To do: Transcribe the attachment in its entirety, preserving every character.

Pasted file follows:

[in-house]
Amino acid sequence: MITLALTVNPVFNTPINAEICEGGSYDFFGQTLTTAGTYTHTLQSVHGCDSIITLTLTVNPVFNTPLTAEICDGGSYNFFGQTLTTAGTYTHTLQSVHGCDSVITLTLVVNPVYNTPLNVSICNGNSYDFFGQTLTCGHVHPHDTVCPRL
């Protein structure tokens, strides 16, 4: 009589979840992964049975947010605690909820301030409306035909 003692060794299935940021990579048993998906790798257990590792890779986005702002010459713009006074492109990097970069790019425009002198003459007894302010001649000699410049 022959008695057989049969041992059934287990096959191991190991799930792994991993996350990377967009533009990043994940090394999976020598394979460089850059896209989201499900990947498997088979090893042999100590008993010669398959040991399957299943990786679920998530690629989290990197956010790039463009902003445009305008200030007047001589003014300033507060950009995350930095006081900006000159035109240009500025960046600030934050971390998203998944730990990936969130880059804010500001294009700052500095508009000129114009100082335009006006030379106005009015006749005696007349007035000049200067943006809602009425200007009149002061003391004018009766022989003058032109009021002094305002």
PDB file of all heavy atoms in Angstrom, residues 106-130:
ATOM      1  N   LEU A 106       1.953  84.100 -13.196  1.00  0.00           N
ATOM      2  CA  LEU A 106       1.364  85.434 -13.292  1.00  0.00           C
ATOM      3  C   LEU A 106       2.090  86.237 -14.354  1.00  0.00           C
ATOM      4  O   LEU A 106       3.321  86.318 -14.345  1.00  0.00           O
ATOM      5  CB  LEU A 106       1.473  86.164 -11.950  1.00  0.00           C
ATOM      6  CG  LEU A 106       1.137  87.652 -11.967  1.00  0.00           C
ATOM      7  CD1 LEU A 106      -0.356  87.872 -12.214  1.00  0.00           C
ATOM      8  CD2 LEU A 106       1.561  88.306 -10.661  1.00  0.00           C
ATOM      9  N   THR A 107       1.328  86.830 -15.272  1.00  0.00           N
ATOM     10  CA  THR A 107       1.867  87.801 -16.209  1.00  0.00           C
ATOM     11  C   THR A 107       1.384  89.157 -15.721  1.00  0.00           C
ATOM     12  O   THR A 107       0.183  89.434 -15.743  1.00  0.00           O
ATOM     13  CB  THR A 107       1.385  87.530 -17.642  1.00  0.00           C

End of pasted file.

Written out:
[in-house]
Amino acid sequence: MITLALTVNPVFNTPINAEICEGGSYDFFGQTLTTAGTYTHTLQSVHGCDSIITLTLTVNPVFNTPLTAEICDGGSYNFFGQTLTTAGTYTHTLQSVHGCDSVITLTLVVNPVYNTPLNVSICNGNSYDFFGQTLTCGHVHPHDTVCPRL
């Protein structure tokens, strides 16, 4: 009589979840992964049975947010605690909820301030409306035909 003692060794299935940021990579048993998906790798257990590792890779986005702002010459713009006074492109990097970069790019425009002198003459007894302010001649000699410049 022959008695057989049969041992059934287990096959191991190991799930792994991993996350990377967009533009990043994940090394999976020598394979460089850059896209989201499900990947498997088979090893042999100590008993010669398959040991399957299943990786679920998530690629989290990197956010790039463009902003445009305008200030007047001589003014300033507060950009995350930095006081900006000159035109240009500025960046600030934050971390998203998944730990990936969130880059804010500001294009700052500095508009000129114009100082335009006006030379106005009015006749005696007349007035000049200067943006809602009425200007009149002061003391004018009766022989003058032109009021002094305002």
PDB file of all heavy atoms in Angstrom, residues 106-130:
ATOM      1  N   LEU A 106       1.953  84.100 -13.196  1.00  0.00           N
ATOM      2  CA  LEU A 106       1.364  85.434 -13.292  1.00  0.00           C
ATOM      3  C   LEU A 106       2.090  86.237 -14.354  1.00  0.00           C
ATOM      4  O   LEU A 106       3.321  86.318 -14.345  1.00  0.00           O
ATOM      5  CB  LEU A 106       1.473  86.164 -11.950  1.00  0.00           C
ATOM      6  CG  LEU A 106       1.137  87.652 -11.967  1.00  0.00           C
ATOM      7  CD1 LEU A 106      -0.356  87.872 -12.214  1.00  0.00           C
ATOM      8  CD2 LEU A 106       1.561  88.306 -10.661  1.00  0.00           C
ATOM      9  N   THR A 107       1.328  86.830 -15.272  1.00  0.00           N
ATOM     10  CA  THR A 107       1.867  87.801 -16.209  1.00  0.00           C
ATOM     11  C   THR A 107       1.384  89.157 -15.721  1.00  0.00           C
ATOM     12  O   THR A 107       0.183  89.434 -15.743  1.00  0.00           O
ATOM     13  CB  THR A 107       1.385  87.530 -17.642  1.00  0.00           C